Quick Tips: Helping Picky Eaters

These creative mealtime tips are provided for the Melissa & Doug blog by Cindy Utzinger, pediatric Occupational Therapist.

Do you have a child who is a picky eater? I do! I have a 5 year old daughter who looks at new food with fear in her eyes. Trying to get her to let something new touch her plate (let alone her lips) makes dinnertime a challenge and a time that requires a lot of patience.

If you have a picky eater living under your roof, you are not alone. There is hope, though, and here are a few tips to help you:

play with food- resized

1.        Let your child play with their food­­­-  Kids need have a good relationship with food. One way for them to do this is through playing with their food. By this I mean to let them blow bubbles in their milk, make pictures with their pasta, make a person using their veggies and meat, hide veggies in their mashed potatoes, and so on and so on. Melissa & Doug have some great toys for picky eaters which allow kids to start developing a good relationship with food through play (such as the Make-aMeal Sticker Pad, Wooden Play Food, and Felt Play Food Sandwich Set).

2.       Have a “Try” bowl- This may sound crazy but I promise it works (and takes a lot of stress out of dinner time). Do you beg your child to “just try it”? To us it sounds so easy but to them it may seem like a life threatening request. Did you know that it can take up to 88 exposures to food before a child will feel comfortable enough to try it? try bowl

We have to redefine “try”.  So, try this.: put a bowl on your table labeled with the word “Try”; putting the food from their plate in to the bowl counts as a try.  Other things that count as a “try” are licking the food, allowing it to remain on their plate, kissing it, smelling it, touching it, playing with it, etc.  “Trying” food no longer has to mean that it crosses their lips and goes in to their tummies.  Have your child “try” one new food at a time and don’t forget that repetitive exposure and learning to trust food is the trick.

3.       Food chaining- Is your goal to get your child to eat yogurt with fruit bits but they will currently only eat yogurt that is nothing more than sugar in a cup? To food chain can look something like this:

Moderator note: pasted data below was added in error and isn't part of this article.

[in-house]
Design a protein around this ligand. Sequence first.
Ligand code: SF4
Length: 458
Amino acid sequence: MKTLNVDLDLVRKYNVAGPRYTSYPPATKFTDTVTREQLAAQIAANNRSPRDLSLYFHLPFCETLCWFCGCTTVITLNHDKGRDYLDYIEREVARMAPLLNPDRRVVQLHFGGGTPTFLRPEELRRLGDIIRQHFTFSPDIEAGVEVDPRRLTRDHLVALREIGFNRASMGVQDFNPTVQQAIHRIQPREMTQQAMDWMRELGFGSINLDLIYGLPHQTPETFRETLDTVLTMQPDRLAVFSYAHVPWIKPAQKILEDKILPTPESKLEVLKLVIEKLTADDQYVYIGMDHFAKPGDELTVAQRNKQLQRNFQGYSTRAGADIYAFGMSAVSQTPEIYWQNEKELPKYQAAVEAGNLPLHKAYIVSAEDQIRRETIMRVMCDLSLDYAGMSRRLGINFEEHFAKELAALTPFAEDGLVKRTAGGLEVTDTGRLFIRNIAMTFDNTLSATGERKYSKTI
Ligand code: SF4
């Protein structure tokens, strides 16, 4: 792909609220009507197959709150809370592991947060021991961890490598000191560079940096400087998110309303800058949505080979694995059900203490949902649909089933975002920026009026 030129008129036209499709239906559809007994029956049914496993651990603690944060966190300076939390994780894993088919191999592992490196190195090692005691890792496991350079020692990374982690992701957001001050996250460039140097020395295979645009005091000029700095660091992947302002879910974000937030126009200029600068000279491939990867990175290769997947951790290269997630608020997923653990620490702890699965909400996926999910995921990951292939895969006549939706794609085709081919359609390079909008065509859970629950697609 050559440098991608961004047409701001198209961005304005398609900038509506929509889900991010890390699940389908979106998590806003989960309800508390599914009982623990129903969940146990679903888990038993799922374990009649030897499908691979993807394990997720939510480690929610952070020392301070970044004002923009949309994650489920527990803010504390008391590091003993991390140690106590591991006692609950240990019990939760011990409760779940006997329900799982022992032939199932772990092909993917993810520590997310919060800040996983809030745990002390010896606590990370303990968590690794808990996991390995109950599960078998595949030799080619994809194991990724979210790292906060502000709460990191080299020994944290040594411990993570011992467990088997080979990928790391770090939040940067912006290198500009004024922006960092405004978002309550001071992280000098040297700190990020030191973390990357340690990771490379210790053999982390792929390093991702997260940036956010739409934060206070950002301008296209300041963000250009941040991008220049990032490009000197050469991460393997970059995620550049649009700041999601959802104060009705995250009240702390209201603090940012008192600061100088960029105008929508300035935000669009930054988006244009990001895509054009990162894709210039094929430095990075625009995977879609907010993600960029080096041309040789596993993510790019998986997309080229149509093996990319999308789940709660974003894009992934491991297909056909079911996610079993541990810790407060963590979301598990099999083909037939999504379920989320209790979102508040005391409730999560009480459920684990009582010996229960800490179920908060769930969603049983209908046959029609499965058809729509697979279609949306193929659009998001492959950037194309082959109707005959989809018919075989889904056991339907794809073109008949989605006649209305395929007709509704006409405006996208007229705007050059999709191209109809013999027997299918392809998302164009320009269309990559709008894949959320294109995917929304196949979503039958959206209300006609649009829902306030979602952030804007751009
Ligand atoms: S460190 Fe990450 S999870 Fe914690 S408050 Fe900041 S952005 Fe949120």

• Work on getting them to eat a different brand of yogurt but same flavor.
  • Then, work on getting them to eat a different flavor and different brand.
  • Next, introduce the “goal” yogurt by letting them dip graham crackers in it.
  • Finally, give them a spoon and let them dig in.

This process can be used with any food and may take a while, but stick with it!

4.       Make meal time a social event- Light the candles, pull out the table cloth, play mood music, and serve dinner family style allowing your child to help dish themselves up. All of this can help make dinner time much more enjoyable to your child (meaning less stressful to you!).

What are your secrets for helping picky eaters try new foods? Share your ideas in the comments section below!

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Cindy Utzinger is a pediatric Occupational Therapist, handwriting tutor, and founder of Building Write Foundations LLC. She lives in North Carolina with her husband and two young children (a son and a daughter).  In her free time she can be found running through the streets of her neighborhood to get some exercise or enjoying time on the lake with family and friends. Through her website (www.cindyutzinger.com) she provides parents, teachers, and caregivers with information regarding the importance of building each and every child’s sensory foundation and provides ways to help build their sensory foundation and their foundation for learning. Through her website she also blogs and tackles issues dealing with handwriting problems, ADD/ADHD, Sensory Processing Disorder, and diagnoses on the autism spectrum.

You can follow Cindy on Facebook, Twitter and her blog!

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  1. Hi Cindy – as a parent of a picky eater, these are great. I especially love the “Food Chaining” ideas you use for yogurt. Speaking of yogurt, another tip you might suggest is to have parents explore trying probiotics – as there is mounting evidence that picky eating can be correlated (even caused?) by kids having out-of-whack gut bacteria.

    Here’s an article we’ve recently published with a bit of an overview. Would love your thoughts.